The main construction of the Bryn Athyn Cathedral took place between the years 1913 and 1928 with work on the stained glass windows and interior decoration continuing into the early 1940s and beyond. The main Cathedral building is Gothic, while the northern and southern buildings are in the early Romanesque style.
Industrialist, John Pitcairn (1841-1916) provided funding for the project, and his son Raymond (1885-1966) oversaw the design and construction of this unique Gothic and Romanesque style complex.
The Cathedral was constructed using methods highly unusual for the twentieth century. Workshops for stone, wood, metal, and stained glass were built on site allowing designers and craftsmen to collaborate. Skilled stone carvers, woodworkers and other craftsmen from Europe fashioned natural materials to construct and beautify the building. Though all of the work was done on site, materials came from near and far.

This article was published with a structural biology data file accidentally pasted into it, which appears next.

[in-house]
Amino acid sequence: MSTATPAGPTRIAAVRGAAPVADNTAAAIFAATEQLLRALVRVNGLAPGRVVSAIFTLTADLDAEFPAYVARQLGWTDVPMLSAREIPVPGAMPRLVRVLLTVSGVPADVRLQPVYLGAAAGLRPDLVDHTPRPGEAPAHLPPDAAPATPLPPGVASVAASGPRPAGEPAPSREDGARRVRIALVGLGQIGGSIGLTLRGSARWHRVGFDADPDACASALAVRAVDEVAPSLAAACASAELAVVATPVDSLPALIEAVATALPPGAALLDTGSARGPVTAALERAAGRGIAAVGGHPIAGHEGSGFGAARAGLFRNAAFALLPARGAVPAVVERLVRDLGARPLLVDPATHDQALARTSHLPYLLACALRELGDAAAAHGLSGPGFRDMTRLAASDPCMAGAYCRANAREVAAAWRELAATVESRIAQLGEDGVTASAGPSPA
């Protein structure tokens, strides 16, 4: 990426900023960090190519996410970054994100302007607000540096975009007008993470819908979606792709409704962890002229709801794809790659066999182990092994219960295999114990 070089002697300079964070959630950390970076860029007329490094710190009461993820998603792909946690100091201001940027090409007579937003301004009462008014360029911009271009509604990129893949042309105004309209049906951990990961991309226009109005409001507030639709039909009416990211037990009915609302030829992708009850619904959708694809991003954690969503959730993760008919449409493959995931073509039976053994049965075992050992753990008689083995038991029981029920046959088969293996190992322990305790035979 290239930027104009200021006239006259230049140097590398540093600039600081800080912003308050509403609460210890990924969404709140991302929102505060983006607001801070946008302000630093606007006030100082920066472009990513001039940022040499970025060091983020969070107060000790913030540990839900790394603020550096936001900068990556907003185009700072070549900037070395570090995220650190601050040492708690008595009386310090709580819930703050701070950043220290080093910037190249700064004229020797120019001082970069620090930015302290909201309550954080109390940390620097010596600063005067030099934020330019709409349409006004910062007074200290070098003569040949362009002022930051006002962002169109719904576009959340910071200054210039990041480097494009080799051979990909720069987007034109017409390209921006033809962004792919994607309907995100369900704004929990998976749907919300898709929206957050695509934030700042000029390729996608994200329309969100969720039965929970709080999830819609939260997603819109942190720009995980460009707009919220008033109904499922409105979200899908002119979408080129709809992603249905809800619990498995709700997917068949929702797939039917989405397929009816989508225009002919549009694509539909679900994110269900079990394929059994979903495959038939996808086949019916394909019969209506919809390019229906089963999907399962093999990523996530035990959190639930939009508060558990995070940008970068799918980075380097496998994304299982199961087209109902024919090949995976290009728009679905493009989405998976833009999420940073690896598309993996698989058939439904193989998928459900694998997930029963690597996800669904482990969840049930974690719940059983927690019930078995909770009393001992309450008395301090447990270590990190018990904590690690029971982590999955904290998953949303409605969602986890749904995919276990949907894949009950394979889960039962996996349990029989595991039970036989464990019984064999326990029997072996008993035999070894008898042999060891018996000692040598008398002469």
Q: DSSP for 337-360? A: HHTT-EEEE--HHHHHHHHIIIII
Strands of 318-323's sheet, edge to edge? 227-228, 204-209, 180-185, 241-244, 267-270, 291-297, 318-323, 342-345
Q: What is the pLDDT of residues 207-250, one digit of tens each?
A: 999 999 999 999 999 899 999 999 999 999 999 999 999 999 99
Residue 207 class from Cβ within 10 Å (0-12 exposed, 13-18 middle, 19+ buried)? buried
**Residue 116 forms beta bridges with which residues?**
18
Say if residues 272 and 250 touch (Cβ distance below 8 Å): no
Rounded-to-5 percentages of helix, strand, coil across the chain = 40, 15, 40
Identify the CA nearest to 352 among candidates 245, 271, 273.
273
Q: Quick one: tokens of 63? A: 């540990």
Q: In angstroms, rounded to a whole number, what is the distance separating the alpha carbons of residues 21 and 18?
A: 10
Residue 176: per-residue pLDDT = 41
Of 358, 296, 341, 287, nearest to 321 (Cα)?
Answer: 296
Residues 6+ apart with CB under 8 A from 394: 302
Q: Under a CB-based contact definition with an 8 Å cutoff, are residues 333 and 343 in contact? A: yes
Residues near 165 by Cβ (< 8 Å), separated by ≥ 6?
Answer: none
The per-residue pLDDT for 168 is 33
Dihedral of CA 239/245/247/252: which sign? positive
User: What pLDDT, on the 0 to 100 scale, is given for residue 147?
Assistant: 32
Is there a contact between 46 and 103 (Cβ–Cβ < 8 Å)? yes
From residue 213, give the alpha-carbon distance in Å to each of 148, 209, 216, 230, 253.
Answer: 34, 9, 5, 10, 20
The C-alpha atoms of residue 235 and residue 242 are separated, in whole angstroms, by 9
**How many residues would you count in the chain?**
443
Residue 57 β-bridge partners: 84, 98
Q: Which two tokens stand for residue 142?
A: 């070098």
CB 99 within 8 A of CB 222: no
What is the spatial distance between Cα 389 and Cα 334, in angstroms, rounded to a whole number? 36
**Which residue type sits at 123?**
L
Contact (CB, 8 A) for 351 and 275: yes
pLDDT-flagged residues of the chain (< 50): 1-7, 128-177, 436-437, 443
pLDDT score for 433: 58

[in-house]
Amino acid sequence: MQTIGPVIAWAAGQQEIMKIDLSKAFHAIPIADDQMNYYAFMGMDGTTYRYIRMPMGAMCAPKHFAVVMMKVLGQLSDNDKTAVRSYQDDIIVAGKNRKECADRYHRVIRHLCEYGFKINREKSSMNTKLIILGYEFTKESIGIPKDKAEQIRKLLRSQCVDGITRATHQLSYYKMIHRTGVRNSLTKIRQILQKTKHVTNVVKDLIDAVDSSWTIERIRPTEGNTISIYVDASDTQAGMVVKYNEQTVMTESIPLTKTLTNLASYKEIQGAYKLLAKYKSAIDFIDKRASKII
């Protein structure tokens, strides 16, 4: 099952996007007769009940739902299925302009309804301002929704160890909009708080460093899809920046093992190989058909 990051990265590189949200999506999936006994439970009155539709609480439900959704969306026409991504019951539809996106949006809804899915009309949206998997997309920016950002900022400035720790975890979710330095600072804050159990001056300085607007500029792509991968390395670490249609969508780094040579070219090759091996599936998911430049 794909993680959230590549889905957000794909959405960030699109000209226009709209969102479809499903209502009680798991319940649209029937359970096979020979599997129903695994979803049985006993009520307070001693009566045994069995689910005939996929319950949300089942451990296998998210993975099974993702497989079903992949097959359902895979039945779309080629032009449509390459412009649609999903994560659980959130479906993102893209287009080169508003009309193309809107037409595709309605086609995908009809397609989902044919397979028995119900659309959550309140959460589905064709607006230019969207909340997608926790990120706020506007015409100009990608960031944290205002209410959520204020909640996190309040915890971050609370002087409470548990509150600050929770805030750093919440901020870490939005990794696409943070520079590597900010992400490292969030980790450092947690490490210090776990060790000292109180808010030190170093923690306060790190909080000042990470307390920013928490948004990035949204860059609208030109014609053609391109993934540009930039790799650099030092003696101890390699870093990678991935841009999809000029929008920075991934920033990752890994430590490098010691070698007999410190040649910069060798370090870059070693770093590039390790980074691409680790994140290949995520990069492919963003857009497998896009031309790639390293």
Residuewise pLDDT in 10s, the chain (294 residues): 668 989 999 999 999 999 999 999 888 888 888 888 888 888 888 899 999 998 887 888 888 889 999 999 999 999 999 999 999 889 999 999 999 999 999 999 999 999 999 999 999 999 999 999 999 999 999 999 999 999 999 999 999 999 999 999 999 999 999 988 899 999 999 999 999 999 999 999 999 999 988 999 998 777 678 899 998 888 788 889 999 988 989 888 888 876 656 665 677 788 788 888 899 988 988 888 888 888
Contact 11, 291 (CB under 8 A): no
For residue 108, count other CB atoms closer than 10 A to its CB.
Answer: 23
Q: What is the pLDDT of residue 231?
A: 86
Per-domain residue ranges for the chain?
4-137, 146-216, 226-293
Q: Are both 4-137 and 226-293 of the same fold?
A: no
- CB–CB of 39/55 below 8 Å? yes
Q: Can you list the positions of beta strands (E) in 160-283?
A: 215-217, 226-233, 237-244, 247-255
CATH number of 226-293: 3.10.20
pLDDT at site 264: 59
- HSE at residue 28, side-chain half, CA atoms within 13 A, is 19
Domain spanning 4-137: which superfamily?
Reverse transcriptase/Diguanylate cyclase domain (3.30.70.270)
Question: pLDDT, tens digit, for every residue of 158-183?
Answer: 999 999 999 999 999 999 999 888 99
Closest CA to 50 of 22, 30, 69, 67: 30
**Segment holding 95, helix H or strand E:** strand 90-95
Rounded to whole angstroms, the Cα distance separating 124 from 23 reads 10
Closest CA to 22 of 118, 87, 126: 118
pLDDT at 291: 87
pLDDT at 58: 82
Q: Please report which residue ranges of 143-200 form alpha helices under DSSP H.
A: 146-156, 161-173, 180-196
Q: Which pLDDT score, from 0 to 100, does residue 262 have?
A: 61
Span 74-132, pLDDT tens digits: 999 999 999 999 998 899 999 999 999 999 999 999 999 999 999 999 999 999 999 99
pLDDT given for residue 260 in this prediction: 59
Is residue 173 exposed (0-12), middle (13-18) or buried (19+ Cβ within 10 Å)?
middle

The symbolic plan is based on the teachings of the New Church.
A notable feature of the Bryn Athyn Cathedral is the use of architectural refinements; intentional departures from vertical and horizontal straight lines (“bends in elevation”, “curves in plan”); in order to give a sense of life and movement to the building. This subtle quality represents the unpredictable path of human growth.
The Bryn Athyn Church congregation is dedicated to preserving the Bryn Athyn Cathedral as a house of Divine Worship, a center for community activities and outreach as well as a building of considerable historical and architectural importance. There have been many significant maintenance and restoration projects over the years, a few recent and ongoing projects are listed below:
- Ezekial Tower: major 4 year restoration completed in 2006
- Lighting upgrades: completed in 2008
- Roofing work: in completion phases
- Nave North Wall: pending